The photography term “bokeh” refers to the blurring of specific areas of a composition in order to make the subject stand out. The effect is generally accomplished through the use of shallow depth of field, or a narrow field of focus.
Take a look at these bokeh photography ideas and tips that direct the viewer’s attention to the subject.
Use these tips in addition to basic photography techniques to take your own pictures that use the bokeh technique.
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CAMERA GEAR FOR LANDSCAPE PHOTOGRAPHY
DOWNLOAD: Camera Gear Checklist
- Camera: check out the compact travel cameras we recommend!
- Tripod: take a look at these compact and lightweight travel tripods!
- Camera Bag: protect your camera from sand and water → We use Lowepro camera backpacks for outdoor photography.
- Neutral density filter: to compensate for variance of light you’ll need to use a neutral density filter. → Check out the Kase magnetic filters we use!
- Camera cleaning kit: remove dust or water that WILL get on your lens. NOTE: this is not for cleaning the sensor.
- Memory cards: purchase name brand memory cards since you’re trusting your images to the card! → We use Lexar and Sandisk!
- External hard drive: copy photos to a portable external hard drive ‘just in case’.
- Headlamp: use when taking sunrise and sunset photos!
Bokeh Photography Ideas
Take a look at these photography ideas using a bokeh effect shared by members of our Facebook Group, Your Photography Journey.
It’s important to understand how depth of field works in relation to bokeh.
Focus on the Subject
Gerardo Trevino applies the bokeh effect in this heartwarming capture.
The background is blurred to the point that detail cannot be distinguished when viewing. Doing this allows the focus to be on the subject.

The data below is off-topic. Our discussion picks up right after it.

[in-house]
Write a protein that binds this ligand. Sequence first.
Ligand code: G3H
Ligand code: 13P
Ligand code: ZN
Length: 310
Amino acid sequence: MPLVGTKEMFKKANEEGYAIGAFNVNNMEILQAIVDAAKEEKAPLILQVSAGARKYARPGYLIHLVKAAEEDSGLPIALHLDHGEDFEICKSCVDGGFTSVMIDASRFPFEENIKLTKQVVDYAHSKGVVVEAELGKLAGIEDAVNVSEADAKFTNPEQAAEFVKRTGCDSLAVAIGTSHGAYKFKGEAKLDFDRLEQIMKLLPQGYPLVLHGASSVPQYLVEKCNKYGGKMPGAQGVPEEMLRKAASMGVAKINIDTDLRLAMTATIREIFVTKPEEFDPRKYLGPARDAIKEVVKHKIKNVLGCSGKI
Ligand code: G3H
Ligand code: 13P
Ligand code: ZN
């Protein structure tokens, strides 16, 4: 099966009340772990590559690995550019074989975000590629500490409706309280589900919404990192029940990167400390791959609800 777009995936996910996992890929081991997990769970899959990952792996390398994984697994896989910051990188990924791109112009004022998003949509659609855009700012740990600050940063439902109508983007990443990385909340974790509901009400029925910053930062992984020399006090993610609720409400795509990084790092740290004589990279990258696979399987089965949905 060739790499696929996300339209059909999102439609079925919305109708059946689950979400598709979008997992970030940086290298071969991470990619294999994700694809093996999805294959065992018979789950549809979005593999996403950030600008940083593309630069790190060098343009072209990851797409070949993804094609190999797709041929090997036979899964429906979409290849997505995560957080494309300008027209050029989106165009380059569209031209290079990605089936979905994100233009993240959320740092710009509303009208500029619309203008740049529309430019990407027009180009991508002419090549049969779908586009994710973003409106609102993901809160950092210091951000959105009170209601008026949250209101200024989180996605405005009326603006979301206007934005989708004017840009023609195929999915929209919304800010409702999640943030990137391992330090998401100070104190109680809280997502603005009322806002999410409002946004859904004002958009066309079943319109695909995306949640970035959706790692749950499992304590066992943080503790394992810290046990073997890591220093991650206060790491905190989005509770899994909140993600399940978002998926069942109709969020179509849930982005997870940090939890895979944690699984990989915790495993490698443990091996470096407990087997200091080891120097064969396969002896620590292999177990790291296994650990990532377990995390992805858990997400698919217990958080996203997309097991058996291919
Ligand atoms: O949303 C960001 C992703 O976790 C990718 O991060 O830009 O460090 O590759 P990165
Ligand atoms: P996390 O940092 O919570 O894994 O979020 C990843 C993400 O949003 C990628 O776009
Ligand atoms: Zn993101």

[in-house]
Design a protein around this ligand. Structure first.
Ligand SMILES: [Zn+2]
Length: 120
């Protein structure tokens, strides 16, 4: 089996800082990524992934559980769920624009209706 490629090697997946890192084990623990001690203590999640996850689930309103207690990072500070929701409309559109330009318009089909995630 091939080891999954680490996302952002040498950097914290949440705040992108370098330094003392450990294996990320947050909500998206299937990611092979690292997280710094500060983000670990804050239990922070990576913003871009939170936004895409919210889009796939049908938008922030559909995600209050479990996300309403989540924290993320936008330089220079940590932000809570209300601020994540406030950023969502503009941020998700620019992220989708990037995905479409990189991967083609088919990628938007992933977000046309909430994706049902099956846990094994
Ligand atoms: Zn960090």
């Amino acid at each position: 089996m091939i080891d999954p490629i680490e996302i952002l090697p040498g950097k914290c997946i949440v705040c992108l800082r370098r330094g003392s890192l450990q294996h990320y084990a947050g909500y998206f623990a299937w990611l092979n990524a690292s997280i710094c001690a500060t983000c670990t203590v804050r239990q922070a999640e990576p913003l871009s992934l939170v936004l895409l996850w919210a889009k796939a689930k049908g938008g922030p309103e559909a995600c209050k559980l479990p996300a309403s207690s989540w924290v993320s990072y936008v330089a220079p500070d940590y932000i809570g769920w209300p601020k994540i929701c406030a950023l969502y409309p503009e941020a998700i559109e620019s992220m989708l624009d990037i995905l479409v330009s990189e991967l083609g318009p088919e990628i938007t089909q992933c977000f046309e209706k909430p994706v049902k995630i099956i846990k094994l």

The dog really stands out in contrast, especially in black and white, and draws our eye to the subject of Gerardo’s photograph.
Tony Kendrick uses bokeh in a similar manner to direct our eyes to the subject of this cool photograph.
The background is blurred to the point that it does not detract attention from the bird, but enough detail remains to provide a sense of natural environment.
A nice sense of depth is also accomplished with the bokeh effect.
The bokeh effect is a great tool for isolating a subject from a busy background or environment.
Allen Simpson applies bokeh skillfully to distinguish a turtle from its grassy surroundings.
The turtle falls nicely into focus, while the background and surrounding elements are all out of focus in varying degrees.
He’s also drawn the viewer to the eye of the subject, which is important when photographing a living subject.
Hoyt Mann uses bokeh to isolate the subject within a busy composition in this stunning and festive capture that tells a story.
The nature and impact of the background is maintained while attention is drawn to the subject in the right side of the photograph. You can just hear those sleigh bells jingling, ring ting tingling too.
Diane Kabbeko has created an interesting abstract photograph utilizing the unique characteristics of bokeh application.
The details of the entire capture are nicely blurred and our attention is directed to the abstract pattern imposed by the elements of the composition.
The bokeh effect is great for focusing attention and establishing depth in close up or macro shots.
You can see the minute details and patterns of the lock as well as the subtle spider web!
Kevin Hehl isolates a part of the whole subject and shows natural depth in his beautiful capture.
The bokeh effect on the background is light enough that we have an immediate sense of the environment captured, and strong enough that the subject stands out in the composition.
AMAZON Landscape Photography Books:
Were you inspired by these photos?
Every week in our Facebook group (Your Photography Journey), we have a challenge that focuses on an element of composition. Understanding these simple elements will help you improve your photography skills!
→ DOWNLOAD our 52 Week Photography Challenge List!
We also do live video Photo Reviews each week to discuss compositional elements on the photos group members want us to review, similar to the video we included in this article.